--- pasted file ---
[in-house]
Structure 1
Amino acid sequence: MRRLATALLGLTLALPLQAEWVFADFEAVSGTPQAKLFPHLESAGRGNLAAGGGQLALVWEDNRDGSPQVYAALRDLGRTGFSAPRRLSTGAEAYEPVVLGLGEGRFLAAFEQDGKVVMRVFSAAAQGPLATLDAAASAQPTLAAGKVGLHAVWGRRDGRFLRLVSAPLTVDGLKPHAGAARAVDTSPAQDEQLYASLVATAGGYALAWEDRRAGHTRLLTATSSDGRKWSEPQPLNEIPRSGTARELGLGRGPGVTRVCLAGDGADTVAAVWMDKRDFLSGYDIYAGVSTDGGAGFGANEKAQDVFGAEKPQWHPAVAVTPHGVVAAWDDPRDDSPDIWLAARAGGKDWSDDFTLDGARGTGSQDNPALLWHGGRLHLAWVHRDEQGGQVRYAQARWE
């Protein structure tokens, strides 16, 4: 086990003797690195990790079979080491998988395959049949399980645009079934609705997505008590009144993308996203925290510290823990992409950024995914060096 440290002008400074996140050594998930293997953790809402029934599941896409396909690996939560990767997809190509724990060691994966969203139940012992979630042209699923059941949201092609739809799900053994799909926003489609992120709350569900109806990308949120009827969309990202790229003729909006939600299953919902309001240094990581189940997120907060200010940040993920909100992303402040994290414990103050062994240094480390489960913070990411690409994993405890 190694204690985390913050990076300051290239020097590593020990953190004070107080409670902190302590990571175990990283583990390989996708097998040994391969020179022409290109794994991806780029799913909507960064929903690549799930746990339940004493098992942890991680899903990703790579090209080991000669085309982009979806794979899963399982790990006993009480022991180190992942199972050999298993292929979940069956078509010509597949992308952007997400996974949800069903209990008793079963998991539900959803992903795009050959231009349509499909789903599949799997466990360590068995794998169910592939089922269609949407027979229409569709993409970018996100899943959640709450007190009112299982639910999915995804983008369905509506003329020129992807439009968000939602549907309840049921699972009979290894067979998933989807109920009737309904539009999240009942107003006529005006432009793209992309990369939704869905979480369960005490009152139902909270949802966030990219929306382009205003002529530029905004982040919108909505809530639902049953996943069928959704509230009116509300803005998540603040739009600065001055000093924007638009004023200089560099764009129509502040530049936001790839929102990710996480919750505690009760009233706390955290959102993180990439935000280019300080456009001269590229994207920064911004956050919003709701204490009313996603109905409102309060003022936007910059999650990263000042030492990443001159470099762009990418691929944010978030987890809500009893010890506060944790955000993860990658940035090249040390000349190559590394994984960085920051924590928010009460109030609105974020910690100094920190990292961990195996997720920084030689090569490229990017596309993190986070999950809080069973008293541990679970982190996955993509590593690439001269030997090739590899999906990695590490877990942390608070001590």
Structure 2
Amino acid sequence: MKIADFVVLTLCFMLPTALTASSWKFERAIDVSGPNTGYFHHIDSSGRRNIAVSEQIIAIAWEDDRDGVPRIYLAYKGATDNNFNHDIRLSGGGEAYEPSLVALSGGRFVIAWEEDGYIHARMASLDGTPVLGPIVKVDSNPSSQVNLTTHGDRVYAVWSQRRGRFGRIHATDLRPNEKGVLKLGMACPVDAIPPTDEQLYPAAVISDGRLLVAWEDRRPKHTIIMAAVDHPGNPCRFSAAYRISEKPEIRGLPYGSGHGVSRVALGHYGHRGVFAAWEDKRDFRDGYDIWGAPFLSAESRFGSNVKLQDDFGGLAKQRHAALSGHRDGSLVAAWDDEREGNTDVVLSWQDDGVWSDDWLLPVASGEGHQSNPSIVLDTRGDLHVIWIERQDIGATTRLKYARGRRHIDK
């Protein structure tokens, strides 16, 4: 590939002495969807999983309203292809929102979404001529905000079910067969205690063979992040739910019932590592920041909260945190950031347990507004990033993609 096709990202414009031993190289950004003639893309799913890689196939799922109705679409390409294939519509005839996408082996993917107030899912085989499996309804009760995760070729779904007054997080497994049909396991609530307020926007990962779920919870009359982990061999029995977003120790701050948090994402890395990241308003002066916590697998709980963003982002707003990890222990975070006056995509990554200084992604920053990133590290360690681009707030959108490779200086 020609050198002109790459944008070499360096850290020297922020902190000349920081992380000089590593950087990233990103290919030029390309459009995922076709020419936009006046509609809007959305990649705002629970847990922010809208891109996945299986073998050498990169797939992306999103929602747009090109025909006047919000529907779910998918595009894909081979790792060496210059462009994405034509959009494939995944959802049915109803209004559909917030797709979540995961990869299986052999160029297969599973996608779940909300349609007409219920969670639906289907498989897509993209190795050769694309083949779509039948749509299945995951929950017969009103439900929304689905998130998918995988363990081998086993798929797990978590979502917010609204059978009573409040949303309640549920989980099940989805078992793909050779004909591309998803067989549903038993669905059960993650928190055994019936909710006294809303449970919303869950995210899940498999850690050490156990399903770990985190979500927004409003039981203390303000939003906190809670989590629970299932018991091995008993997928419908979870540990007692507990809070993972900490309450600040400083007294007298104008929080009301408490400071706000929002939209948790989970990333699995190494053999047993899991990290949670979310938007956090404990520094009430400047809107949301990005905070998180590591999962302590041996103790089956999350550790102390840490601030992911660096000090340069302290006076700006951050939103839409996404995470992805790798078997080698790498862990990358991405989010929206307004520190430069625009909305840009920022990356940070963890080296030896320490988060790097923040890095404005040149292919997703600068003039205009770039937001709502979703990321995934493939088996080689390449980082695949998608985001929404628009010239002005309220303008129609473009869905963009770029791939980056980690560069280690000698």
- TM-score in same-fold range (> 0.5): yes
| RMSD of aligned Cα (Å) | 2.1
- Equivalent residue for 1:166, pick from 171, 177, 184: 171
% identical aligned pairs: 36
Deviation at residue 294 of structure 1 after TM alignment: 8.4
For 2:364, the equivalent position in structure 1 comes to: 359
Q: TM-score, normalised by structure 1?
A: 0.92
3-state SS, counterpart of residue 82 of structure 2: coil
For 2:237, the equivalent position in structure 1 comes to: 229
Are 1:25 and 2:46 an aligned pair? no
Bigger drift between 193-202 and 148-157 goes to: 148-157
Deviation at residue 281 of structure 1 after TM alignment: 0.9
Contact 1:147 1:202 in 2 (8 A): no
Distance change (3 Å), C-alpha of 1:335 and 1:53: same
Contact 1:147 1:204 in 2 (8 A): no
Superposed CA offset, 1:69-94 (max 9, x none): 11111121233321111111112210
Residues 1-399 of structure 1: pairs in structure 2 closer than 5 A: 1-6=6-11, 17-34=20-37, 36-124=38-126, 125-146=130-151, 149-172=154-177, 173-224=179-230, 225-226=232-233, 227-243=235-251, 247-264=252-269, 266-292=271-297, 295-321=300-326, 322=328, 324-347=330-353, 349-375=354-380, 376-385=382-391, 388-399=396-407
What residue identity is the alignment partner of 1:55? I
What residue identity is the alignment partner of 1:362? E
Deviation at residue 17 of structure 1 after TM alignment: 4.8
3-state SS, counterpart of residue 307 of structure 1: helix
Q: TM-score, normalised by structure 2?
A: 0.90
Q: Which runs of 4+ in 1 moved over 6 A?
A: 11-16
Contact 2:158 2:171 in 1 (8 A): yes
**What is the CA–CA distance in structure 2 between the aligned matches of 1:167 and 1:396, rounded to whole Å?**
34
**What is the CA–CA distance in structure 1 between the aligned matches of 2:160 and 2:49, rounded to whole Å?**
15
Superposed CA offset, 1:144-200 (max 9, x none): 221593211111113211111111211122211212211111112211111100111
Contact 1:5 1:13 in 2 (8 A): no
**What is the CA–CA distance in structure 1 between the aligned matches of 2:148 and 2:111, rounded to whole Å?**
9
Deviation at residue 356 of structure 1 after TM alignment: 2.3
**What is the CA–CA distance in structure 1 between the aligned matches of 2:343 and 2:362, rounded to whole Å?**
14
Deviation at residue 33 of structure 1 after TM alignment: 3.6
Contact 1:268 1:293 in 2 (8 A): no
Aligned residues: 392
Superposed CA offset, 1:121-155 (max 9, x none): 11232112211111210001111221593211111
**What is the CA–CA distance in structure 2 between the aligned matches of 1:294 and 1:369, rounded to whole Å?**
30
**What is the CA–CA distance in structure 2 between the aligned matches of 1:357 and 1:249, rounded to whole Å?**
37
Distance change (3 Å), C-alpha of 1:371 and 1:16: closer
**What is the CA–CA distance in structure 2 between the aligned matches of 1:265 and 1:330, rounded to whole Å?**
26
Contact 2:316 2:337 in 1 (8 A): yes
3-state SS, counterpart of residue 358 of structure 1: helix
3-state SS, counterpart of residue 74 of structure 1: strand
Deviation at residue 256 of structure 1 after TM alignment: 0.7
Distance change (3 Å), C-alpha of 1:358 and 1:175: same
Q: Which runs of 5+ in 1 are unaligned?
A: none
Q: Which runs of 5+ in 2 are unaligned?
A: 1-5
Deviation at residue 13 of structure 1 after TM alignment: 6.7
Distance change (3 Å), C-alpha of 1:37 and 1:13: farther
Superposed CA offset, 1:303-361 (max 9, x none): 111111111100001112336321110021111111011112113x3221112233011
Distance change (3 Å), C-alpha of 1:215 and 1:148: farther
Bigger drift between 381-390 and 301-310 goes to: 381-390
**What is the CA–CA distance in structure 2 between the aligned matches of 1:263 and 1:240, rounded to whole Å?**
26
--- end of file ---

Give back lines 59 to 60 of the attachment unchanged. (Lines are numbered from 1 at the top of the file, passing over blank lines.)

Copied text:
3-state SS, counterpart of residue 74 of structure 1: strand
Deviation at residue 256 of structure 1 after TM alignment: 0.7